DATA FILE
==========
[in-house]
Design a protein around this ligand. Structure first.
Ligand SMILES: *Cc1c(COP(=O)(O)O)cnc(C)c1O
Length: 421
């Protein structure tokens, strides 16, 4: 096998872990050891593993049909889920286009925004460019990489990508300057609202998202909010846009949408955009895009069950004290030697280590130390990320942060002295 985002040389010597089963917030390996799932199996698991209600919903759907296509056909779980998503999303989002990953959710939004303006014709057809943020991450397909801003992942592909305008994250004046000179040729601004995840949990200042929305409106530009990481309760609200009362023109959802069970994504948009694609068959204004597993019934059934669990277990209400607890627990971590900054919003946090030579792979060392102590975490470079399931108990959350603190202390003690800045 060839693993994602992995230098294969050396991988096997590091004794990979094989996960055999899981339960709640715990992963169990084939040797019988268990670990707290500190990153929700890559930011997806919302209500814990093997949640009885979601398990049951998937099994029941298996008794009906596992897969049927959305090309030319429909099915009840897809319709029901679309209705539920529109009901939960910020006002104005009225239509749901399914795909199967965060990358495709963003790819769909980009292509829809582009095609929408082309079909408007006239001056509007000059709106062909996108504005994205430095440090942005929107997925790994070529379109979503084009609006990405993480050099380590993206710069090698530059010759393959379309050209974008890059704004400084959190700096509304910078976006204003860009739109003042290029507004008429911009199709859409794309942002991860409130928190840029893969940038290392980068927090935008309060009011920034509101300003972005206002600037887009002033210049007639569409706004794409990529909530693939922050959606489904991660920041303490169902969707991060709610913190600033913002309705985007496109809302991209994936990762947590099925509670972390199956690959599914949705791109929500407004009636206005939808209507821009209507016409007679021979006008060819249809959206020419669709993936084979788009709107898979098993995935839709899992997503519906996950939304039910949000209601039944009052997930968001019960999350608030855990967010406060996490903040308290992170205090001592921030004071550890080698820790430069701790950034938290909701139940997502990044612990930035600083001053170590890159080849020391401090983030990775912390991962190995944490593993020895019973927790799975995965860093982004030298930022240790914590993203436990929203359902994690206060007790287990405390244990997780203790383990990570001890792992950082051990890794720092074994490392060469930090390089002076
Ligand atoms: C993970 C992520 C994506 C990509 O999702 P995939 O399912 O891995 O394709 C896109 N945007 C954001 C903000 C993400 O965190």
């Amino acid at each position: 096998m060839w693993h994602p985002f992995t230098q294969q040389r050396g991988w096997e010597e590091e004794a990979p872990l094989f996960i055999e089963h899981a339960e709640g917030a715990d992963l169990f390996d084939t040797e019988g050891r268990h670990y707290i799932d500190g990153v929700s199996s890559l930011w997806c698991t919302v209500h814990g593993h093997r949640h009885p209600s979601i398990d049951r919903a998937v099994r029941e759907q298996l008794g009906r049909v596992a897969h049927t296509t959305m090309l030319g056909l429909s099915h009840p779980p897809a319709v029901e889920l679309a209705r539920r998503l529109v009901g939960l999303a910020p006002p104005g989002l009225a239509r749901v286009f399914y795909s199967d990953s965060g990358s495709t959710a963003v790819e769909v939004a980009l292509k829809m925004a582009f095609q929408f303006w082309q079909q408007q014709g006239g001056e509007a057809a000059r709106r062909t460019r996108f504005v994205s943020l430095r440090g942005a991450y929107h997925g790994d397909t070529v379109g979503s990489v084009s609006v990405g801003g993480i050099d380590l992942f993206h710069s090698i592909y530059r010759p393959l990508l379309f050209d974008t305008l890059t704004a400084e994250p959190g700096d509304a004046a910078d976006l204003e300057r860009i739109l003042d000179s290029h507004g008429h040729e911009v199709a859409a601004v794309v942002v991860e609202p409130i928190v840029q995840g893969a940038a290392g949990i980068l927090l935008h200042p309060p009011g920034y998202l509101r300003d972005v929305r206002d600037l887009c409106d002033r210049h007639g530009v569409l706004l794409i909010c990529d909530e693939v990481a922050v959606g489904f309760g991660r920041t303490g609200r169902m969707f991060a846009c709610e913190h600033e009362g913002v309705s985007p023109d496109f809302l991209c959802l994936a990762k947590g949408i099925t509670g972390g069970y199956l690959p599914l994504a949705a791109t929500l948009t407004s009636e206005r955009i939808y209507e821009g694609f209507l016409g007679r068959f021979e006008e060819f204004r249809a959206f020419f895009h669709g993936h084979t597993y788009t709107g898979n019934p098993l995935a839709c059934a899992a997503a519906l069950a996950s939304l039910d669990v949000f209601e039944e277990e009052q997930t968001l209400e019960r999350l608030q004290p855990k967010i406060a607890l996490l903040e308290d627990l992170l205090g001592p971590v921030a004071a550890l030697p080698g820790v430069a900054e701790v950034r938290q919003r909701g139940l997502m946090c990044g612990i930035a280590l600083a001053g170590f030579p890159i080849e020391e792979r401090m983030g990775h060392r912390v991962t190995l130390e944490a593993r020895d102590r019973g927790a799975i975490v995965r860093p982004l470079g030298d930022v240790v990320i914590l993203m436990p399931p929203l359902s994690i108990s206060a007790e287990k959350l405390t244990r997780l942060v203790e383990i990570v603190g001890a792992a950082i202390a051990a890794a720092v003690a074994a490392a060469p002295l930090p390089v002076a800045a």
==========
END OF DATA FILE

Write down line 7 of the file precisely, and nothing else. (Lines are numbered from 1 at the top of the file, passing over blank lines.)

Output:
């Amino acid at each position: 096998m060839w693993h994602p985002f992995t230098q294969q040389r050396g991988w096997e010597e590091e004794a990979p872990l094989f996960i055999e089963h899981a339960e709640g917030a715990d992963l169990f390996d084939t040797e019988g050891r268990h670990y707290i799932d500190g990153v929700s199996s890559l930011w997806c698991t919302v209500h814990g593993h093997r949640h009885p209600s979601i398990d049951r919903a998937v099994r029941e759907q298996l008794g009906r049909v596992a897969h049927t296509t959305m090309l030319g056909l429909s099915h009840p779980p897809a319709v029901e889920l679309a209705r539920r998503l529109v009901g939960l999303a910020p006002p104005g989002l009225a239509r749901v286009f399914y795909s199967d990953s965060g990358s495709t959710a963003v790819e769909v939004a980009l292509k829809m925004a582009f095609q929408f303006w082309q079909q408007q014709g006239g001056e509007a057809a000059r709106r062909t460019r996108f504005v994205s943020l430095r440090g942005a991450y929107h997925g790994d397909t070529v379109g979503s990489v084009s609006v990405g801003g993480i050099d380590l992942f993206h710069s090698i592909y530059r010759p393959l990508l379309f050209d974008t305008l890059t704004a400084e994250p959190g700096d509304a004046a910078d976006l204003e300057r860009i739109l003042d000179s290029h507004g008429h040729e911009v199709a859409a601004v794309v942002v991860e609202p409130i928190v840029q995840g893969a940038a290392g949990i980068l927090l935008h200042p309060p009011g920034y998202l509101r300003d972005v929305r206002d600037l887009c409106d002033r210049h007639g530009v569409l706004l794409i909010c990529d909530e693939v990481a922050v959606g489904f309760g991660r920041t303490g609200r169902m969707f991060a846009c709610e913190h600033e009362g913002v309705s985007p023109d496109f809302l991209c959802l994936a990762k947590g949408i099925t509670g972390g069970y199956l690959p599914l994504a949705a791109t929500l948009t407004s009636e206005r955009i939808y209507e821009g694609f209507l016409g007679r068959f021979e006008e060819f204004r249809a959206f020419f895009h669709g993936h084979t597993y788009t709107g898979n019934p098993l995935a839709c059934a899992a997503a519906l069950a996950s939304l039910d669990v949000f209601e039944e277990e009052q997930t968001l209400e019960r999350l608030q004290p855990k967010i406060a607890l996490l903040e308290d627990l992170l205090g001592p971590v921030a004071a550890l030697p080698g820790v430069a900054e701790v950034r938290q919003r909701g139940l997502m946090c990044g612990i930035a280590l600083a001053g170590f030579p890159i080849e020391e792979r401090m983030g990775h060392r912390v991962t190995l130390e944490a593993r020895d102590r019973g927790a799975i975490v995965r860093p982004l470079g030298d930022v240790v990320i914590l993203m436990p399931p929203l359902s994690i108990s206060a007790e287990k959350l405390t244990r997780l942060v203790e383990i990570v603190g001890a792992a950082i202390a051990a890794a720092v003690a074994a490392a060469p002295l930090p390089v002076a800045a």